6 Best Vegetables to Plant in Early Spring

In early spring, the temperature may seem too cold and the ground may be too wet for many vegetables, but there are a few hardy plants that can penetrate deep into the ground. Plus, there are fewer insects and diseases in early spring, so your vegetables should get off to a good start. Take a look at six vegetables that can be grown before the last frost date has passed.

Asparagus (Asparagus officinalis)

See the first pencil-sized tender asparagus poking its head out of the garden, like a spring ritual. When the soil temperature reaches about 50 degrees Fahrenheit, you’ll usually see the first buds. Asparagus is a perennial vegetable. Essentially, you can plant once and harvest for many years to come. You do have to make room for them, but you can expect excellent yields every year for up to 15 years or more. The ripe asparagus harvest can last for months. Plant a one-year-old canopy 4 – 6 weeks before the date of the last frost. You can also plant seeds, but the seedlings will take an extra year to grow.

  • USDA Growing Areas: 3 to 10
  • Sun exposure: Plenty of sunlight
  • Soil requirements: sandy, loamy

Lettuce (Lactuca sativa)

The cool, wet weather of spring is the best time to grow lettuce, which comes in hundreds of varieties. Roma lettuce and butterhead are the most hardy varieties. You will get the earliest and longest harvest from the post-harvest variety. Although high temperatures, drought stress, and long hours of sunshine can cause lettuce to moss, you may have time to plant two or three lettuce plants in a row. Plant a new crop every two to three weeks. Choose slow bolt varieties or varieties with different ripening rates for continuous harvesting.

To protect the lettuce in case the frost comes, cover the garden with sheets, towels, or insulated blankets provided by any garden center. These mulches will help in the short term, but if the frost lasts for several days, you may lose your crops.

  • USDA Growing Areas: 2 to 11
  • Sun exposure: Full to partial shade
  • Soil requirements: fertile, improved soil

Peas (Pisum sativum)

There is a tradition of planting the first peas on St. Patrick’s Day, although some Americans may not be able to participate in this tradition because their vegetable gardens are covered in snow. Even if you don’t get there early, the peas planted in late April will quickly catch up with the peas planted in March. Peas don’t like freezing temperatures, and even less like high temperatures. Choose your favorite peas – hulled peas, snow peas, or sweet peas – and start planting. Use lattices to support the vines and make harvesting easier. You can do additional planting in early May or plant varieties of different maturities to extend the harvest. Don’t miss the window of opportunity.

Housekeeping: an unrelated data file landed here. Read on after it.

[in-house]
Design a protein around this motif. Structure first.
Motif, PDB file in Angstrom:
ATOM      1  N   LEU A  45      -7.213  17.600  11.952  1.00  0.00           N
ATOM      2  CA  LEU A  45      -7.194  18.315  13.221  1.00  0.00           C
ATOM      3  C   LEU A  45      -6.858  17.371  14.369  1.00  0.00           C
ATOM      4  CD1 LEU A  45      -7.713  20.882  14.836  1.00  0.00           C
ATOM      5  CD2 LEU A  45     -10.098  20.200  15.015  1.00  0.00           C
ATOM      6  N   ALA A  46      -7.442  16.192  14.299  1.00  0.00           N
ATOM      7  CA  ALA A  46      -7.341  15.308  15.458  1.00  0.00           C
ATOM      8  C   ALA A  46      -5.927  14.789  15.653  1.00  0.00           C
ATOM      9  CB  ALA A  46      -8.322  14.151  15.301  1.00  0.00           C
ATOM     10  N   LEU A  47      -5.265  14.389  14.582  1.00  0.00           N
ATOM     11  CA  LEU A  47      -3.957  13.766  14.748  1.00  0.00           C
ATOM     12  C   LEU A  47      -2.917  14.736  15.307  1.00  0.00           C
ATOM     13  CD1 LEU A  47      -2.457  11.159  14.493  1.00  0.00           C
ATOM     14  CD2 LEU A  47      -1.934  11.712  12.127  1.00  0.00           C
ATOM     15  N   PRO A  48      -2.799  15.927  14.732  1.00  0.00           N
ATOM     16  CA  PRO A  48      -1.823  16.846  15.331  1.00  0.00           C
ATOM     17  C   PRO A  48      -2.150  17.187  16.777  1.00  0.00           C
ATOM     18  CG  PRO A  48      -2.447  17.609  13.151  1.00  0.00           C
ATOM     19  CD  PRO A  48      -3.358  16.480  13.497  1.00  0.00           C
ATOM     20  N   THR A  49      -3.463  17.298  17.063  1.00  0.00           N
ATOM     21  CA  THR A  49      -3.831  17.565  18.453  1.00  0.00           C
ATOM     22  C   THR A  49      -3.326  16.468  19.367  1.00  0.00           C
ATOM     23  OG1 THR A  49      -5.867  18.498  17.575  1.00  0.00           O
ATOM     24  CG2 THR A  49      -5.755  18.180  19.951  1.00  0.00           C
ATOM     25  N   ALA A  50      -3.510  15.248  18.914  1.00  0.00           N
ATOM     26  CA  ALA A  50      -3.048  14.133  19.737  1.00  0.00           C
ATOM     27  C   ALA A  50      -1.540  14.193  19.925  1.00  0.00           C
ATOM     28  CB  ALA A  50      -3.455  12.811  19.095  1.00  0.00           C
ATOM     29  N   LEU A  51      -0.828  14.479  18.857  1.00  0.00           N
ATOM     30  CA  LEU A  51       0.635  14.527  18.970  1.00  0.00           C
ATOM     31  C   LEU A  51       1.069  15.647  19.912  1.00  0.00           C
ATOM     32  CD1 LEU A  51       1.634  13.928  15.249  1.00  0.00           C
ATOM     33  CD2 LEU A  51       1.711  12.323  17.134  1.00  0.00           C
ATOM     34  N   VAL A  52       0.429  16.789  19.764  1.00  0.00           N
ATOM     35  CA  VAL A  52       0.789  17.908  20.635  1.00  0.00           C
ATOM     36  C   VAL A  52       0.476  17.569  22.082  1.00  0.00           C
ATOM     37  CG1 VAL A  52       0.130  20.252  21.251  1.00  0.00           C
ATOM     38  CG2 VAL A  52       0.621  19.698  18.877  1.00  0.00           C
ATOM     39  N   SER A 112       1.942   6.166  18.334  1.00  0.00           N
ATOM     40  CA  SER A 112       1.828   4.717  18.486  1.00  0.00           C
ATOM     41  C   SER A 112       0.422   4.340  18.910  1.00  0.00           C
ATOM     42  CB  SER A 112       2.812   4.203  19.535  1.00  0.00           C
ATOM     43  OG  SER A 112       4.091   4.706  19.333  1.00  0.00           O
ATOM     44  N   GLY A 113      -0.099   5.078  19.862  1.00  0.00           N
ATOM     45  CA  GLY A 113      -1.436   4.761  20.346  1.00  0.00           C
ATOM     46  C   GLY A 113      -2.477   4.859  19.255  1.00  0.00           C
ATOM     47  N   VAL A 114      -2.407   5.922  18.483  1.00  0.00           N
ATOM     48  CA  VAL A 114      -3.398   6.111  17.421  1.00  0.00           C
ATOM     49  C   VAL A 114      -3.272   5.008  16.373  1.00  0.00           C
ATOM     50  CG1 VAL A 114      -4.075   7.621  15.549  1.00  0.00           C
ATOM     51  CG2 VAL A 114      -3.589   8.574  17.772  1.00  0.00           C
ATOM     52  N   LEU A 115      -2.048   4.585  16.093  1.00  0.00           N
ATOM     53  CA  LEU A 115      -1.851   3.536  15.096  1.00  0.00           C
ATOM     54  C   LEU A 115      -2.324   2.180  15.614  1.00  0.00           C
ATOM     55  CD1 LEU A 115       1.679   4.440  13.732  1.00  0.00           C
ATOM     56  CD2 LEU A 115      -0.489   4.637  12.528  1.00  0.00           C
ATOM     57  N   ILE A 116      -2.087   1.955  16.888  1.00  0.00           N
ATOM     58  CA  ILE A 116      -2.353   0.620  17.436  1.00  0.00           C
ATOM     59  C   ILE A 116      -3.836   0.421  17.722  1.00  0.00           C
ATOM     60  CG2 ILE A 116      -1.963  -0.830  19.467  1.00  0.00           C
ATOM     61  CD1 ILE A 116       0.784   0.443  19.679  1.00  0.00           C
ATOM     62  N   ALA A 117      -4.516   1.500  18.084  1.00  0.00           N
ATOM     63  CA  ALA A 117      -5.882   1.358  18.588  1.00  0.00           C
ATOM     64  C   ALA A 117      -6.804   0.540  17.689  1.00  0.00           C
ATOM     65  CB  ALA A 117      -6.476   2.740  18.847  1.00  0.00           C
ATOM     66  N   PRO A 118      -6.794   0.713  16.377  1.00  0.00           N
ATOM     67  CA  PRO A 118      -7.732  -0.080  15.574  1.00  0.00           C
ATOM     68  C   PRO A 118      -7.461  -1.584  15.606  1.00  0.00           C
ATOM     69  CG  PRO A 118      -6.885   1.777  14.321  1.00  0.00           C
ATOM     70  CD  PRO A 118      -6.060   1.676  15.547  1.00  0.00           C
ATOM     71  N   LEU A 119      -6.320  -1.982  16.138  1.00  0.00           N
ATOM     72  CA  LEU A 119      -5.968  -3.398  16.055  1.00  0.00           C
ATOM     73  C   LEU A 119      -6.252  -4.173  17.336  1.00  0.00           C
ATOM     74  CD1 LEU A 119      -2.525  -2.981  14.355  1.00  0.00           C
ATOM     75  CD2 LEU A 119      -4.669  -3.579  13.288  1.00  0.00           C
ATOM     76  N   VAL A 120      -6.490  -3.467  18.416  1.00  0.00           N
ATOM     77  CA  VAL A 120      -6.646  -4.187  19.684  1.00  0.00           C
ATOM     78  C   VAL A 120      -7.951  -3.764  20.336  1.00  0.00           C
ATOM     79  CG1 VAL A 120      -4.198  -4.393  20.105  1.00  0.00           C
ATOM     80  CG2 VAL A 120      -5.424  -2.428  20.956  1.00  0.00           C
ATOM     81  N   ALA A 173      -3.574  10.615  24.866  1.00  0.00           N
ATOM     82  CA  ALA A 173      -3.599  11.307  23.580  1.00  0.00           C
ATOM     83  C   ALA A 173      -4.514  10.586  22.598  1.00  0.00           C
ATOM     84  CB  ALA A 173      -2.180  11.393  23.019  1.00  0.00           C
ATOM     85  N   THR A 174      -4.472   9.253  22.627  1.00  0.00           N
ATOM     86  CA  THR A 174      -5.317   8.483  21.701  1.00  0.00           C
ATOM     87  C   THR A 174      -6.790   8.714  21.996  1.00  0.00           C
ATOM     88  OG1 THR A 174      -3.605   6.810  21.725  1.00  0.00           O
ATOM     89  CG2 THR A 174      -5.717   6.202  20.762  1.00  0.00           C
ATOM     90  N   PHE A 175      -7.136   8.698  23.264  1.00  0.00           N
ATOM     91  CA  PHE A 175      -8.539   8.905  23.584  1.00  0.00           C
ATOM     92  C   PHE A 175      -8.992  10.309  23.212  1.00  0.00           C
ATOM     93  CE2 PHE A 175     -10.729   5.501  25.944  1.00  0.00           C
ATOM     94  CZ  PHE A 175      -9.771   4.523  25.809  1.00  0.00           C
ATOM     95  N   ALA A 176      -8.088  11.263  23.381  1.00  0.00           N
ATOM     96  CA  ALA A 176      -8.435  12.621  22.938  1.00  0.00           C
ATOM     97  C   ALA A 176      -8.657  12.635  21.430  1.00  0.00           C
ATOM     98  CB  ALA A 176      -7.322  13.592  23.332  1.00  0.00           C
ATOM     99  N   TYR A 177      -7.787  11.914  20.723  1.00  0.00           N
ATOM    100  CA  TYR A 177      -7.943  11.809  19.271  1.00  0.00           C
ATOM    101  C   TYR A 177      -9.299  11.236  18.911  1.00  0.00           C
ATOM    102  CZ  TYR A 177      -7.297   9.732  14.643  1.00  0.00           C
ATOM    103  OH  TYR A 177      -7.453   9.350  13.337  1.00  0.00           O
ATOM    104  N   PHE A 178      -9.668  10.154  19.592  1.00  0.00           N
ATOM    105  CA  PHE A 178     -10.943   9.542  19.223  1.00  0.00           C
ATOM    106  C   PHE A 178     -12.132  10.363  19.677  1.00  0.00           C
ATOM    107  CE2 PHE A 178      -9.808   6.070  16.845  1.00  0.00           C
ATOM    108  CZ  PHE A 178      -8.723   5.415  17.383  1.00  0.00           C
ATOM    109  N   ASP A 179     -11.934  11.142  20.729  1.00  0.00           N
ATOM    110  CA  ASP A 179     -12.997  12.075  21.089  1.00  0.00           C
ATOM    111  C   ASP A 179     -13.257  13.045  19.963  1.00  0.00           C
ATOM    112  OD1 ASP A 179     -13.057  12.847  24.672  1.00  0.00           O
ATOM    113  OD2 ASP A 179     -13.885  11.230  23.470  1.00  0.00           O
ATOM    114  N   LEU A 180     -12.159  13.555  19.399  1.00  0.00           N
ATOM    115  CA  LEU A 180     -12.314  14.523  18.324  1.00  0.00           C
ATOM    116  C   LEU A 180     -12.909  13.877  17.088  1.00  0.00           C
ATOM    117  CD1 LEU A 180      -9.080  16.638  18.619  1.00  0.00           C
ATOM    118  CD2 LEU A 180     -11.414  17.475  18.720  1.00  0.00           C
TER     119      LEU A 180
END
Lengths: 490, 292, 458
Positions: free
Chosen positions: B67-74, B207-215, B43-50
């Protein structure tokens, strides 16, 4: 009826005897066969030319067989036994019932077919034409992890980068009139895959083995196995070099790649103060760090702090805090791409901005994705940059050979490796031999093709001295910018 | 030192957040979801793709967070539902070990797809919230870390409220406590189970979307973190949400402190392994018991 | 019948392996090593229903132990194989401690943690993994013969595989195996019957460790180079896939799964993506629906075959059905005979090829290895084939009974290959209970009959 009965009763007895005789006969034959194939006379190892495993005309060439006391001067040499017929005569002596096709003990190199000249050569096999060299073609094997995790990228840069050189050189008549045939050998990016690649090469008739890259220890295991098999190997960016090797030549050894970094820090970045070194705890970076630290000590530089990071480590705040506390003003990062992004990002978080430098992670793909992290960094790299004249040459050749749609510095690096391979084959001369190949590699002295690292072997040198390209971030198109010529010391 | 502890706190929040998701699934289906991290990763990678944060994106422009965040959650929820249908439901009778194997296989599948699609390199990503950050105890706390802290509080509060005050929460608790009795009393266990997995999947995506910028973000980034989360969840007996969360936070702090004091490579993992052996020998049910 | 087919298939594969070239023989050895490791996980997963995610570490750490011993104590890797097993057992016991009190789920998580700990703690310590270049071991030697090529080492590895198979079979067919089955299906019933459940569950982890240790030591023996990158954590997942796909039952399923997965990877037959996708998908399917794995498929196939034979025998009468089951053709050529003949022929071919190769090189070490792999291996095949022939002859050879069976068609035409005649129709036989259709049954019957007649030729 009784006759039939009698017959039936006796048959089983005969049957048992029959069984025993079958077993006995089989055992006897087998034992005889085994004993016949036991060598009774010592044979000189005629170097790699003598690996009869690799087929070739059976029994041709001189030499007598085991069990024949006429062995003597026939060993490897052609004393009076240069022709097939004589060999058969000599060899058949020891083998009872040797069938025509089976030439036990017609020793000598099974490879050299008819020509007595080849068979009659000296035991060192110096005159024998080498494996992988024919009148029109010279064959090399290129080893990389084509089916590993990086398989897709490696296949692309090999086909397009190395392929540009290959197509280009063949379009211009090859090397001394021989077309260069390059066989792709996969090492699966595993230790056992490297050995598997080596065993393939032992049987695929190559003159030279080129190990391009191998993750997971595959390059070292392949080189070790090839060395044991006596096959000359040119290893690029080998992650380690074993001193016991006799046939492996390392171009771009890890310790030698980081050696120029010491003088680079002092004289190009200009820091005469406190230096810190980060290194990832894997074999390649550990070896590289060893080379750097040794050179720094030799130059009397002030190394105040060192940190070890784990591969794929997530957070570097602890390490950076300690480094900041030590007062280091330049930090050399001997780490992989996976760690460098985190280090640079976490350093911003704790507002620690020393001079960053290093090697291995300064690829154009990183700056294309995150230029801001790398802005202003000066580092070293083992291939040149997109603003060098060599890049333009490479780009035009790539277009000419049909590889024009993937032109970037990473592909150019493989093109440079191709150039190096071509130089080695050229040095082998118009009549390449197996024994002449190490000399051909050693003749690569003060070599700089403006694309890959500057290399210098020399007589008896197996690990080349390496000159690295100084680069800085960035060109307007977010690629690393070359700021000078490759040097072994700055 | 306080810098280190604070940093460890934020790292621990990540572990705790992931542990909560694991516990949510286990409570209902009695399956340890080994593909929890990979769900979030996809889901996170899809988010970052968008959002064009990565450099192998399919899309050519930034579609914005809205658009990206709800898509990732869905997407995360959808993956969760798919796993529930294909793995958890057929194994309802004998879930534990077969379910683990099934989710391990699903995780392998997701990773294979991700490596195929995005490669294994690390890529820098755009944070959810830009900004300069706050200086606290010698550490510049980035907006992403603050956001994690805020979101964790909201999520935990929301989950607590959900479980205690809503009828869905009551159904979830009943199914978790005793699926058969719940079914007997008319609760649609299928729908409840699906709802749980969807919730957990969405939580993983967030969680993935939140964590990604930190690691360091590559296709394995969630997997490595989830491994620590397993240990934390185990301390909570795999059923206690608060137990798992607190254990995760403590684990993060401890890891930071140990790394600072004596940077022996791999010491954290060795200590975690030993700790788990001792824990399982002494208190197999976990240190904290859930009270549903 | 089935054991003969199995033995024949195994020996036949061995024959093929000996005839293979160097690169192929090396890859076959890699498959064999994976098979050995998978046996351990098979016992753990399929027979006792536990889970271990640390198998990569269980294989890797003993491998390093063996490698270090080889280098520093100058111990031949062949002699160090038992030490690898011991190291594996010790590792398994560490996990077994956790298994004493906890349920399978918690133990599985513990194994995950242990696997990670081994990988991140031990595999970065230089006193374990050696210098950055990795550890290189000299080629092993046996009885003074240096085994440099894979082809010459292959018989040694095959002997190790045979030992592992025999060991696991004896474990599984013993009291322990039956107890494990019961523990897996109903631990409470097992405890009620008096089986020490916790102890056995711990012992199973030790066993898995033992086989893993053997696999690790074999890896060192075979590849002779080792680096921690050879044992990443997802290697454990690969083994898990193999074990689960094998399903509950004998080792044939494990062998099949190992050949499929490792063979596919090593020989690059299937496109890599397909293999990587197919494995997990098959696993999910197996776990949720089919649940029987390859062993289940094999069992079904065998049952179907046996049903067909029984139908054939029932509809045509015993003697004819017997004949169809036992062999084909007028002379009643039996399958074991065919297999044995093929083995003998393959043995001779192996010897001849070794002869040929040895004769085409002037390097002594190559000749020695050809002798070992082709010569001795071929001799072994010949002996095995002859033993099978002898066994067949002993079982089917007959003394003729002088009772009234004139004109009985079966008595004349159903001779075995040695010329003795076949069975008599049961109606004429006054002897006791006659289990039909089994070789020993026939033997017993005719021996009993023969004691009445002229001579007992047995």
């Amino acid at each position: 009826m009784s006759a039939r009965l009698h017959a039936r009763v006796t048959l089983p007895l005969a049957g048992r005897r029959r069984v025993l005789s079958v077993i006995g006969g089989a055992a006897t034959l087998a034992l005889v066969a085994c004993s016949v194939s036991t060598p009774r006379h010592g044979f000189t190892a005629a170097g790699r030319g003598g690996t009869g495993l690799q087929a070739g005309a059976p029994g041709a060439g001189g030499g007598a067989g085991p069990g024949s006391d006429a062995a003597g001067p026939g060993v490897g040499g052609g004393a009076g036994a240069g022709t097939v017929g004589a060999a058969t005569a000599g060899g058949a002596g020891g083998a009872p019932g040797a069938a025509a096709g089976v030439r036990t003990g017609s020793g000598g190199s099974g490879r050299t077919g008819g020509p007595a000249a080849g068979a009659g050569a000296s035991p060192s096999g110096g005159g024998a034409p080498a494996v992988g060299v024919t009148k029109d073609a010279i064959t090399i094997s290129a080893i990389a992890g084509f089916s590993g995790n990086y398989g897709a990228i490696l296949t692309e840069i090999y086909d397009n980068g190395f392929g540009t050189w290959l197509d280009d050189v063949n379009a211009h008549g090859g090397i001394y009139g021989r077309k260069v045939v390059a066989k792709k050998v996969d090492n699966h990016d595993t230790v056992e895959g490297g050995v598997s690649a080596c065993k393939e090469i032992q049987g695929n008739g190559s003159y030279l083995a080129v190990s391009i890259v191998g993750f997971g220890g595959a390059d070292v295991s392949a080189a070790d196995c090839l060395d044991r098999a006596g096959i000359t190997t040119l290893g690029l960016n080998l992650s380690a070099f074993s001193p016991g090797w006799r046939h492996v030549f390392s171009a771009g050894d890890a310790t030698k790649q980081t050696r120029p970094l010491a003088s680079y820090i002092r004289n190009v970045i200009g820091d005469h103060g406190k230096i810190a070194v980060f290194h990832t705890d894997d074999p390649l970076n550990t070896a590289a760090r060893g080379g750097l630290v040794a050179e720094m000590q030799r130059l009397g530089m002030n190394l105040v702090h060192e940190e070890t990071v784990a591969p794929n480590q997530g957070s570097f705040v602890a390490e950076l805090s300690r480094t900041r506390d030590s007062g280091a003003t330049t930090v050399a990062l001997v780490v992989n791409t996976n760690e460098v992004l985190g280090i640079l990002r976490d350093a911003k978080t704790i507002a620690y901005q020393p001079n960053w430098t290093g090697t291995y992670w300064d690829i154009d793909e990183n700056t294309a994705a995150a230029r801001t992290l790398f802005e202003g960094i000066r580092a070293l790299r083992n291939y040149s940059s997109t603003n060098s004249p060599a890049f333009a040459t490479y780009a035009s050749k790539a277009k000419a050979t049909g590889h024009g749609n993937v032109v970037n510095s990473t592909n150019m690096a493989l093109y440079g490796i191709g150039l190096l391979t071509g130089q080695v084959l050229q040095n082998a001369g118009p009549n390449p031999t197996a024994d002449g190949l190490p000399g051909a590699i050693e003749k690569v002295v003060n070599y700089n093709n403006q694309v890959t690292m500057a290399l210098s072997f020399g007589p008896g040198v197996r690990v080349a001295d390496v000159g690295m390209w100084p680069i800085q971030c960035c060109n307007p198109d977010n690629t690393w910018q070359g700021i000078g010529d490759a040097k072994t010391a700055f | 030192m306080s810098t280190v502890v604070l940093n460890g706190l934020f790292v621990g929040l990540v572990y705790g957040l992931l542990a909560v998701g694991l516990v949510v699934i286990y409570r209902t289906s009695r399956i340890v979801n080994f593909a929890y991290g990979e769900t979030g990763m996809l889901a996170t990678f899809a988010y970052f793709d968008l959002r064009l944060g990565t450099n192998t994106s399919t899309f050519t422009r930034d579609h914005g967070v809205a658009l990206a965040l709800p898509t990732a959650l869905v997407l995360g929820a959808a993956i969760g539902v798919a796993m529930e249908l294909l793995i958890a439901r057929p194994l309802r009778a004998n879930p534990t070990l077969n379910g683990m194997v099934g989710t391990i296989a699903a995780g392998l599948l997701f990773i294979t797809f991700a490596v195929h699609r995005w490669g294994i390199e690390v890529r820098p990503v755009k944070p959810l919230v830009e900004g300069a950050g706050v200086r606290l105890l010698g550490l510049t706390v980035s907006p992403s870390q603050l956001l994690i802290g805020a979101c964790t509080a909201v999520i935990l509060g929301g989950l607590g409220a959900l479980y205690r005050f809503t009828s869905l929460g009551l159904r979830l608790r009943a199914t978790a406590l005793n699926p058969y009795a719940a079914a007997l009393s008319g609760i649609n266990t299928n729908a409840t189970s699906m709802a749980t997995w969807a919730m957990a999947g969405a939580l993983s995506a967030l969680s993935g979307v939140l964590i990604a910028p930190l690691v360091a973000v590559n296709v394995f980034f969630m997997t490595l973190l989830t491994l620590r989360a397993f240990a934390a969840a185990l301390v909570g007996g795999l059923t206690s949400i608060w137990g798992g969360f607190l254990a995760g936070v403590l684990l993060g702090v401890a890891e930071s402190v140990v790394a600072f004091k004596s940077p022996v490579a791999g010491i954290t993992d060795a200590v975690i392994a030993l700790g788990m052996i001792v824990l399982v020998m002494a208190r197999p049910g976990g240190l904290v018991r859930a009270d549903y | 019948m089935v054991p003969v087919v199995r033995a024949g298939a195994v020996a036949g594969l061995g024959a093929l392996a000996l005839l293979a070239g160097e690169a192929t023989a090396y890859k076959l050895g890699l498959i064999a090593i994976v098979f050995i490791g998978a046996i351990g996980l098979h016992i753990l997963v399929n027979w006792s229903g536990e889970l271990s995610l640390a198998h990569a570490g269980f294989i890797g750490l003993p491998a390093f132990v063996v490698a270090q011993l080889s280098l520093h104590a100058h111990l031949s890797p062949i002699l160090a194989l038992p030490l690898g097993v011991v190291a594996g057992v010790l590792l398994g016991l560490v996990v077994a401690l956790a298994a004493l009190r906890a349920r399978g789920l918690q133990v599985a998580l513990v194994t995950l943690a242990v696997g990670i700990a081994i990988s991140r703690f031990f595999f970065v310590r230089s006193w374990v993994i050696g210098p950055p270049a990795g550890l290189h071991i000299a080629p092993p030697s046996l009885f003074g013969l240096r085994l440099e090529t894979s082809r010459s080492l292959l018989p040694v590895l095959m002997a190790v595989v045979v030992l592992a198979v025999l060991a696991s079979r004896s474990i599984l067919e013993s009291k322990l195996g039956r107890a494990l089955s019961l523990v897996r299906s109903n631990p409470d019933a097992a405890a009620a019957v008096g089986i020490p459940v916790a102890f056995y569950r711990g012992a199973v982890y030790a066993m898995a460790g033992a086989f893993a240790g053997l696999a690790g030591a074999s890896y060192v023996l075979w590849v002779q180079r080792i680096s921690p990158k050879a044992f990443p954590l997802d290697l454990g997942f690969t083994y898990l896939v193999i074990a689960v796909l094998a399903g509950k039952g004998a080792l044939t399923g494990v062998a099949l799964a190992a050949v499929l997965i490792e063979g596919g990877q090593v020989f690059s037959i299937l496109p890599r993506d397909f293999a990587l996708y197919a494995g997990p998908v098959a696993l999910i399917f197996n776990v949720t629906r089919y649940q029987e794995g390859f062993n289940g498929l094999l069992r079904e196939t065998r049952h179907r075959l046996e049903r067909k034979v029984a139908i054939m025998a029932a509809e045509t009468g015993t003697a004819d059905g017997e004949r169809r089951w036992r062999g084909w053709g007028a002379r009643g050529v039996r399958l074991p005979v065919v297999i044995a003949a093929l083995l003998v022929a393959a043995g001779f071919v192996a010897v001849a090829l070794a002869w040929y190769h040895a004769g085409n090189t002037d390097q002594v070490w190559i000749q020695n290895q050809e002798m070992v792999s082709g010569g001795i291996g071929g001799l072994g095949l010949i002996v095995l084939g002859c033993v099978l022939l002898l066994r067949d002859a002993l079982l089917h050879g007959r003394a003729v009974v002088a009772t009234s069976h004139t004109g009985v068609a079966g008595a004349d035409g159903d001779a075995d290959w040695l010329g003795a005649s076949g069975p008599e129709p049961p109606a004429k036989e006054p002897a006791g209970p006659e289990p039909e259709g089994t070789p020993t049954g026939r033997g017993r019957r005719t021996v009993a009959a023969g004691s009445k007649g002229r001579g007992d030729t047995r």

• USDA growing area: 2 to 11, depending on variety
  • Sun exposure: Partially shaded
  • Soil requirements: vary by species

Rhubarb (Rheum rhabarbarum)

Rhubarb is a vegetable that can be prepared like a fruit – think rhubarb pie – and it’s the first sweet “fruit” of the season. Growth is effortless. Once you’ve made your bed, you can look forward to a rhubarb harvest every spring for decades. Plant dormant canopies in early spring. Remove the peduncle in the first year and allow the plant to grow. Harvesting can begin in the second year after the plant is established. Every five years or so, you should dig out the root balls and separate them. Splitting is best done in early spring, when the soil is warm enough for splitting, before shoots appear. This division gives new life to the plant.

  • USDA Growing Areas: 3 to 8
  • Sun exposure: Full sun to partial shade
  • Soil requirements: Fertile improved soil

Spinach (Spinacia oleracea)

Spinach must be grown in cool weather, otherwise it will sprout quickly. Some varieties claim to be resistant to moss, but sooner or later (and often faster) they will all set seeds. Spinach grows extremely fast and doesn’t have to wait long to enjoy. To prolong the harvest, you can plant new spinach directly into the soil every week or two until the average last frost date. For later planting, use varieties that are slow to moss. Keeping the plants well watered will help slow down the rate of mossing. Another benefit of spinach is that it can grow in the shade of the crop, and when the spinach starts to fade, the crop grows.

  • USDA Growing Areas: 2 to 11
  • Sun exposure: Full to partial shade
  • Soil requirements: Well-drained, fertile soil with a neutral pH

Beets (Beta vulgaris)

In growing zones 3 to 7, you can plant beet seeds about a month before the last frost in spring. Beets are semi-hardy vegetables, which means they can experience repeated mild frosts in the range of 30 to 32 degrees Fahrenheit. Beets grown from seeds take about 7 to 10 weeks to mature, but you can start raising seedlings indoors or harvest some seedlings planted directly in your garden for consumption while the roots continue to grow underground. Beets prefer plenty of sunlight and constant moisture. Avoid crowding of plants to promote air circulation.

  • USDA Growing Areas: 2 to 11
  • Sun exposure: Full sun to partial shade
  • Soil requirements: light, sandy loam, well drained

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